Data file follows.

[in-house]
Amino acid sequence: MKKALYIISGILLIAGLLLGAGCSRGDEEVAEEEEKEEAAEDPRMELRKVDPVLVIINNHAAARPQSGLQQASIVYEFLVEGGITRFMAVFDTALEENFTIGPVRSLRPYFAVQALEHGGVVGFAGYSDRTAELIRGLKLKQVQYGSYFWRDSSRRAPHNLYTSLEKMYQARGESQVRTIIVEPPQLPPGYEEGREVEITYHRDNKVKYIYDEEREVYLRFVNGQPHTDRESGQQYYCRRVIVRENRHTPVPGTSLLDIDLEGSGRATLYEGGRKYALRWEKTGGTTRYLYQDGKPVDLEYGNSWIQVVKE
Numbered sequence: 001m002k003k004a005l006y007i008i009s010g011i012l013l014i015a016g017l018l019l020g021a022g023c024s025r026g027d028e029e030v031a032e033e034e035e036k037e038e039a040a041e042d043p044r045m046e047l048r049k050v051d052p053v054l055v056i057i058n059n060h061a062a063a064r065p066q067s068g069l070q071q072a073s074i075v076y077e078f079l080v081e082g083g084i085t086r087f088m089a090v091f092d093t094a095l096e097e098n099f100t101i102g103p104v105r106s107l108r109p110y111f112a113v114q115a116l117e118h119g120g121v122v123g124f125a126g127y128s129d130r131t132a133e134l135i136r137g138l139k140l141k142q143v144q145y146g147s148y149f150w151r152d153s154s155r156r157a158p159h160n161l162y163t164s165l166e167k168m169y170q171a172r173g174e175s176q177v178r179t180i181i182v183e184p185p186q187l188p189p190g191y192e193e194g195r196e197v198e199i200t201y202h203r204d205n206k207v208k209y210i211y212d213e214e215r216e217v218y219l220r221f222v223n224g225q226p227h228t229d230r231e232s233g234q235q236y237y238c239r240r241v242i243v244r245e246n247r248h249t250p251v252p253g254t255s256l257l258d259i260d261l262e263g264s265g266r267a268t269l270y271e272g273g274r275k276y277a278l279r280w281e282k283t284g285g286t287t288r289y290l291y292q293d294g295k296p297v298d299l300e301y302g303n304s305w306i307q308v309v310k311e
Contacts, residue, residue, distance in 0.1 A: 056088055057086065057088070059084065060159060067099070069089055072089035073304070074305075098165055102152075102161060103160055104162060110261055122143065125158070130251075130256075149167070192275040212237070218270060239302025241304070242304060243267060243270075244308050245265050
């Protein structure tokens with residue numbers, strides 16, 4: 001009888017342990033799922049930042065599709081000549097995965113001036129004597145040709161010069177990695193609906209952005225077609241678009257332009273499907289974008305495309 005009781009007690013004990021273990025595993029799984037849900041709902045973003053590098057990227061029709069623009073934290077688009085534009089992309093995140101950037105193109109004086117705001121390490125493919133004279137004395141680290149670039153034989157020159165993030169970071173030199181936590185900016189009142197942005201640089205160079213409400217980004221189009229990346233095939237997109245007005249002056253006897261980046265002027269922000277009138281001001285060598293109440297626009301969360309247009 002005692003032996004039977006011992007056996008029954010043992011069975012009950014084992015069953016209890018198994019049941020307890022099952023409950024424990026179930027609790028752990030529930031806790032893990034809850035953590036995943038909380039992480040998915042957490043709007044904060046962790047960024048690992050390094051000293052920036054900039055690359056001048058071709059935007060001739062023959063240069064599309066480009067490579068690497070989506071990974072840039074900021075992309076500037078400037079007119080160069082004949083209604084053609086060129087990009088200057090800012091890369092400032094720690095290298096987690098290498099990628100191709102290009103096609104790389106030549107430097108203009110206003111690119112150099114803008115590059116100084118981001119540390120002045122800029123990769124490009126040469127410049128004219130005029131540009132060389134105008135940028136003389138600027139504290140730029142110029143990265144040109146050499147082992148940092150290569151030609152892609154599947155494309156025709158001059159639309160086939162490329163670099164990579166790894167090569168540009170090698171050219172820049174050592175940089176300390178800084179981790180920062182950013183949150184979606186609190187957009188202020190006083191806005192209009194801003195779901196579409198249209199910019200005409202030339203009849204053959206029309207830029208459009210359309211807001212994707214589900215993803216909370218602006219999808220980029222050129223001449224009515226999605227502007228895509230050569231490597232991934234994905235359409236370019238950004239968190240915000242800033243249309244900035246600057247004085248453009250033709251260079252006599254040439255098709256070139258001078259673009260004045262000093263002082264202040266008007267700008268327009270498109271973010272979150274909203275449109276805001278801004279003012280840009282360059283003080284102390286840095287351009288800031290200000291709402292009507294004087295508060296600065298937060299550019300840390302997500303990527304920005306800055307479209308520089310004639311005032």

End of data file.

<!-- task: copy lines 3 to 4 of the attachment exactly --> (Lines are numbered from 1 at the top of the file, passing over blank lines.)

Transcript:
Numbered sequence: 001m002k003k004a005l006y007i008i009s010g011i012l013l014i015a016g017l018l019l020g021a022g023c024s025r026g027d028e029e030v031a032e033e034e035e036k037e038e039a040a041e042d043p044r045m046e047l048r049k050v051d052p053v054l055v056i057i058n059n060h061a062a063a064r065p066q067s068g069l070q071q072a073s074i075v076y077e078f079l080v081e082g083g084i085t086r087f088m089a090v091f092d093t094a095l096e097e098n099f100t101i102g103p104v105r106s107l108r109p110y111f112a113v114q115a116l117e118h119g120g121v122v123g124f125a126g127y128s129d130r131t132a133e134l135i136r137g138l139k140l141k142q143v144q145y146g147s148y149f150w151r152d153s154s155r156r157a158p159h160n161l162y163t164s165l166e167k168m169y170q171a172r173g174e175s176q177v178r179t180i181i182v183e184p185p186q187l188p189p190g191y192e193e194g195r196e197v198e199i200t201y202h203r204d205n206k207v208k209y210i211y212d213e214e215r216e217v218y219l220r221f222v223n224g225q226p227h228t229d230r231e232s233g234q235q236y237y238c239r240r241v242i243v244r245e246n247r248h249t250p251v252p253g254t255s256l257l258d259i260d261l262e263g264s265g266r267a268t269l270y271e272g273g274r275k276y277a278l279r280w281e282k283t284g285g286t287t288r289y290l291y292q293d294g295k296p297v298d299l300e301y302g303n304s305w306i307q308v309v310k311e
Contacts, residue, residue, distance in 0.1 A: 056088055057086065057088070059084065060159060067099070069089055072089035073304070074305075098165055102152075102161060103160055104162060110261055122143065125158070130251075130256075149167070192275040212237070218270060239302025241304070242304060243267060243270075244308050245265050